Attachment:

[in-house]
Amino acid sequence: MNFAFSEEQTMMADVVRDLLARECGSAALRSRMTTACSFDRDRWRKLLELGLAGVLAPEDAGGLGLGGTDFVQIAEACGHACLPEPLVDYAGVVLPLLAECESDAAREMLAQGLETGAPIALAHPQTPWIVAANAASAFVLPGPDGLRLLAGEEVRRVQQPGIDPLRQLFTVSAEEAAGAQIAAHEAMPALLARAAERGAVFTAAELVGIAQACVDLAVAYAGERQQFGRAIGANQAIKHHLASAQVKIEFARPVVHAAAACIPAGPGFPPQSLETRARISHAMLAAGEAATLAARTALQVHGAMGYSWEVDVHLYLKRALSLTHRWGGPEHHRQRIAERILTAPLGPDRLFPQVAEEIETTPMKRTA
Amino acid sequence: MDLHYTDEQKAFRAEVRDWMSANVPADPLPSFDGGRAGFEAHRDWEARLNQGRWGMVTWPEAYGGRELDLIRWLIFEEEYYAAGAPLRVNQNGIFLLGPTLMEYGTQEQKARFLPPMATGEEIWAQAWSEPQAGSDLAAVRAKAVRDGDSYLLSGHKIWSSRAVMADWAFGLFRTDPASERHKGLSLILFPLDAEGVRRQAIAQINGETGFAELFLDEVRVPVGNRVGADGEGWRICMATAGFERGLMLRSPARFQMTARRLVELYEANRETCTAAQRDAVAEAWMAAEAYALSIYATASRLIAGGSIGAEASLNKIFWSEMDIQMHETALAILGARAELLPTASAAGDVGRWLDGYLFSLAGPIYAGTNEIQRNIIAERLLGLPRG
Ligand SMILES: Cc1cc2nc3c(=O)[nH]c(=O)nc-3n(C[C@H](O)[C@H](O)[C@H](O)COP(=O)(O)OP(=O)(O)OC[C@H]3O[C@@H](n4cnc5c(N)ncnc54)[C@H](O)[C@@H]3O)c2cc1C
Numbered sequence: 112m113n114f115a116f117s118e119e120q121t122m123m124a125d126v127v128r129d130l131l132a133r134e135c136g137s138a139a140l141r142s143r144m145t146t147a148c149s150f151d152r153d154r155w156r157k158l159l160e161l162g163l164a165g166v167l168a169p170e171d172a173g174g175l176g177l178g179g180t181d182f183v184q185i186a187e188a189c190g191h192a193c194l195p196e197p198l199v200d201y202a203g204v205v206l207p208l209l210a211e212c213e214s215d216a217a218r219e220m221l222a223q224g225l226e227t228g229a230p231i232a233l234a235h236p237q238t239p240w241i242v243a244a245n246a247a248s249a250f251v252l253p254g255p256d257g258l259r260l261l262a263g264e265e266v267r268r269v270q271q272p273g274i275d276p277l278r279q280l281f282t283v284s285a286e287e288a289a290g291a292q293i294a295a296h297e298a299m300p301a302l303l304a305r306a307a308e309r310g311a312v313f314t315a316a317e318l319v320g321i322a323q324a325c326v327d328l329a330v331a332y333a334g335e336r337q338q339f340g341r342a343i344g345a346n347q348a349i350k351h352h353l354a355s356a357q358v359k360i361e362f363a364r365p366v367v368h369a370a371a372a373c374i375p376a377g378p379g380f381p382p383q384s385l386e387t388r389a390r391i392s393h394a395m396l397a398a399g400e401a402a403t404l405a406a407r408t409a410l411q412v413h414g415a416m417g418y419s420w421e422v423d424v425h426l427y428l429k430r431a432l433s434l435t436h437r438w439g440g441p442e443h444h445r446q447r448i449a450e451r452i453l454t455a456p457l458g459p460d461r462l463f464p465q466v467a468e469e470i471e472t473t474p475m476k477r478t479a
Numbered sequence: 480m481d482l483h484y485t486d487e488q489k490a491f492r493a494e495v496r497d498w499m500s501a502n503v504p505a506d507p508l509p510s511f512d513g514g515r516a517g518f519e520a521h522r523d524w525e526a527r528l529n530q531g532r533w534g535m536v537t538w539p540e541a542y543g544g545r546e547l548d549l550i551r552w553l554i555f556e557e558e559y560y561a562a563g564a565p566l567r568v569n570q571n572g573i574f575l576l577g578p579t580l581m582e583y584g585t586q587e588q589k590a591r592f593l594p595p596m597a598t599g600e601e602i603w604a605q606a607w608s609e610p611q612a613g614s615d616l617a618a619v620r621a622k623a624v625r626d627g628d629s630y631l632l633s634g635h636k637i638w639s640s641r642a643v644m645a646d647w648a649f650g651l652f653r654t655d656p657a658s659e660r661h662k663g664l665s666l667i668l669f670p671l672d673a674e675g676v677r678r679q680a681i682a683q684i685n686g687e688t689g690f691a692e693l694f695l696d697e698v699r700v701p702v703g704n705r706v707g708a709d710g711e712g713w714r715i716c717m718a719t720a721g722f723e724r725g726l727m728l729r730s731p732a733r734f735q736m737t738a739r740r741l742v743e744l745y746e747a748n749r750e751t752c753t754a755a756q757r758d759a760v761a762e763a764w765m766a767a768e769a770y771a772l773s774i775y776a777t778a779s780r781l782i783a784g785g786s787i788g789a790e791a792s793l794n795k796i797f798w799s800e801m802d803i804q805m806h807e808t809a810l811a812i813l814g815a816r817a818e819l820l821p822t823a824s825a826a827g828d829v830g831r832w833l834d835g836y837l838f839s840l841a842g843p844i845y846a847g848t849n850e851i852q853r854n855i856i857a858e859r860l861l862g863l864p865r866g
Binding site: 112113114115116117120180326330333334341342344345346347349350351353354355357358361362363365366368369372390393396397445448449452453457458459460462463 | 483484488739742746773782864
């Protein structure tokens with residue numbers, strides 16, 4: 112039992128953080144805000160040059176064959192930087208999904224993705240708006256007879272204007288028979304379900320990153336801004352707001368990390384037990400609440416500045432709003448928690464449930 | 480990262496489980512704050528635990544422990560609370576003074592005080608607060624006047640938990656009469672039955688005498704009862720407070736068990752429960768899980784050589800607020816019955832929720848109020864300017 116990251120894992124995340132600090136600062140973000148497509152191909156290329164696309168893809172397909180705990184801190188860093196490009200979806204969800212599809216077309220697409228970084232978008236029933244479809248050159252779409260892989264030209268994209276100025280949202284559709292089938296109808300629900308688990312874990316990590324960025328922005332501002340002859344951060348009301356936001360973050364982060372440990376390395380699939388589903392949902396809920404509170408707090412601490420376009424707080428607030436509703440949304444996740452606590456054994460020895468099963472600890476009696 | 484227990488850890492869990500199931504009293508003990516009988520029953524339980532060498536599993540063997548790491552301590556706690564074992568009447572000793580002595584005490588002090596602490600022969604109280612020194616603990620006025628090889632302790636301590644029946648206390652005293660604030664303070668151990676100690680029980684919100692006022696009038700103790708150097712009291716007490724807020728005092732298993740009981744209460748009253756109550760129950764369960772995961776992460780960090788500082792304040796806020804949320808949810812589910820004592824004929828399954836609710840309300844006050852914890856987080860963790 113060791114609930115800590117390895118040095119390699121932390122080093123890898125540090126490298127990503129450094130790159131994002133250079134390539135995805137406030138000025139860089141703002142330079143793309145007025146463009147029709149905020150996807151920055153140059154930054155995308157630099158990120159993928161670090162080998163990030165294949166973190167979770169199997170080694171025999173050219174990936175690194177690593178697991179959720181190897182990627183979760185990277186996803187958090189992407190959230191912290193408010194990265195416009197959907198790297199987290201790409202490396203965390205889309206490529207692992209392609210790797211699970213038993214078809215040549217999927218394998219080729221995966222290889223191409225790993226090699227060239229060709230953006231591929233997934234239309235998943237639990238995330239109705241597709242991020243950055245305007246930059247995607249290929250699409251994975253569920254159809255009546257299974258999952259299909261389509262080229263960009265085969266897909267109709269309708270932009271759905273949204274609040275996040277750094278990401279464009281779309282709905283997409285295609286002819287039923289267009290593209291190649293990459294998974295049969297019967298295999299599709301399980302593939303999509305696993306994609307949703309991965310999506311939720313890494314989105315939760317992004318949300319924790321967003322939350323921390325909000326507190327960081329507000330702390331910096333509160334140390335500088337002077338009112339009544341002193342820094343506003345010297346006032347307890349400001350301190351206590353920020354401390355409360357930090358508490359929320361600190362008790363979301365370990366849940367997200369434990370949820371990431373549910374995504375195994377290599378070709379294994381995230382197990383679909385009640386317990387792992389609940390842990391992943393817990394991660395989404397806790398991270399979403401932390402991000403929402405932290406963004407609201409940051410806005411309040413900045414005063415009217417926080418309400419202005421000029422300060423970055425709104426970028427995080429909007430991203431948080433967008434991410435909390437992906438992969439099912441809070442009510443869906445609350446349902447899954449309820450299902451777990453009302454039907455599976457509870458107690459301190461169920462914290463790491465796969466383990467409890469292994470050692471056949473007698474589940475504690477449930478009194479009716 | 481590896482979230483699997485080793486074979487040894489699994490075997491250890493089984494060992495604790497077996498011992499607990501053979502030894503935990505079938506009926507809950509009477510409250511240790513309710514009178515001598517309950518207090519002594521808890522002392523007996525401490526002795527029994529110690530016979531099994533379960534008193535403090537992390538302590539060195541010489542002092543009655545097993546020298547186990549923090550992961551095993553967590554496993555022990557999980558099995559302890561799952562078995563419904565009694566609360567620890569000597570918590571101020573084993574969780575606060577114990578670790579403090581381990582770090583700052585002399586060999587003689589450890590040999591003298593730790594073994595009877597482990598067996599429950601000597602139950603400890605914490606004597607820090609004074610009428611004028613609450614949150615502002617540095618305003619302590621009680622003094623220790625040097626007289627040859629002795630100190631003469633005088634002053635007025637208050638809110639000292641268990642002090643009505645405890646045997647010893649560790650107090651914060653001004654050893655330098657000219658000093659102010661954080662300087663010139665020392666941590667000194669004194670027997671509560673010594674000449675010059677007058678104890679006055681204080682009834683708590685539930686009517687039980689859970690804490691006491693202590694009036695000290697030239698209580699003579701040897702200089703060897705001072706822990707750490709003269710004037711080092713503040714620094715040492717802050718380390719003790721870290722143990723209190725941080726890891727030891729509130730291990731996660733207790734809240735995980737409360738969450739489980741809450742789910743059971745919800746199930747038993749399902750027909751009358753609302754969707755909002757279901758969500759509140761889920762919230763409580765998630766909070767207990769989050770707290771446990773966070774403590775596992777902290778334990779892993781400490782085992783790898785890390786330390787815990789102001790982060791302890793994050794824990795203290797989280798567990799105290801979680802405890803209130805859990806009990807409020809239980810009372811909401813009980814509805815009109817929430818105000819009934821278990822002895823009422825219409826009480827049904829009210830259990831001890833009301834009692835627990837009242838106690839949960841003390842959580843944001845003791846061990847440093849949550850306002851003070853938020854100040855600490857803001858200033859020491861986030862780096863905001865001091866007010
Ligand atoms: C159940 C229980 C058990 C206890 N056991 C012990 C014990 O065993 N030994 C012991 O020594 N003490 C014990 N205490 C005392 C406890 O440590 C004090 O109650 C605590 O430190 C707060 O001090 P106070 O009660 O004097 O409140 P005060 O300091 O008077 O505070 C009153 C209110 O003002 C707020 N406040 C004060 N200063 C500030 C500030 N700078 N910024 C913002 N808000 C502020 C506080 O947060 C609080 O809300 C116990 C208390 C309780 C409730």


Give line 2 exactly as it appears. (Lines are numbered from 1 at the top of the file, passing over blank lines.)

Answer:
Amino acid sequence: MNFAFSEEQTMMADVVRDLLARECGSAALRSRMTTACSFDRDRWRKLLELGLAGVLAPEDAGGLGLGGTDFVQIAEACGHACLPEPLVDYAGVVLPLLAECESDAAREMLAQGLETGAPIALAHPQTPWIVAANAASAFVLPGPDGLRLLAGEEVRRVQQPGIDPLRQLFTVSAEEAAGAQIAAHEAMPALLARAAERGAVFTAAELVGIAQACVDLAVAYAGERQQFGRAIGANQAIKHHLASAQVKIEFARPVVHAAAACIPAGPGFPPQSLETRARISHAMLAAGEAATLAARTALQVHGAMGYSWEVDVHLYLKRALSLTHRWGGPEHHRQRIAERILTAPLGPDRLFPQVAEEIETTPMKRTA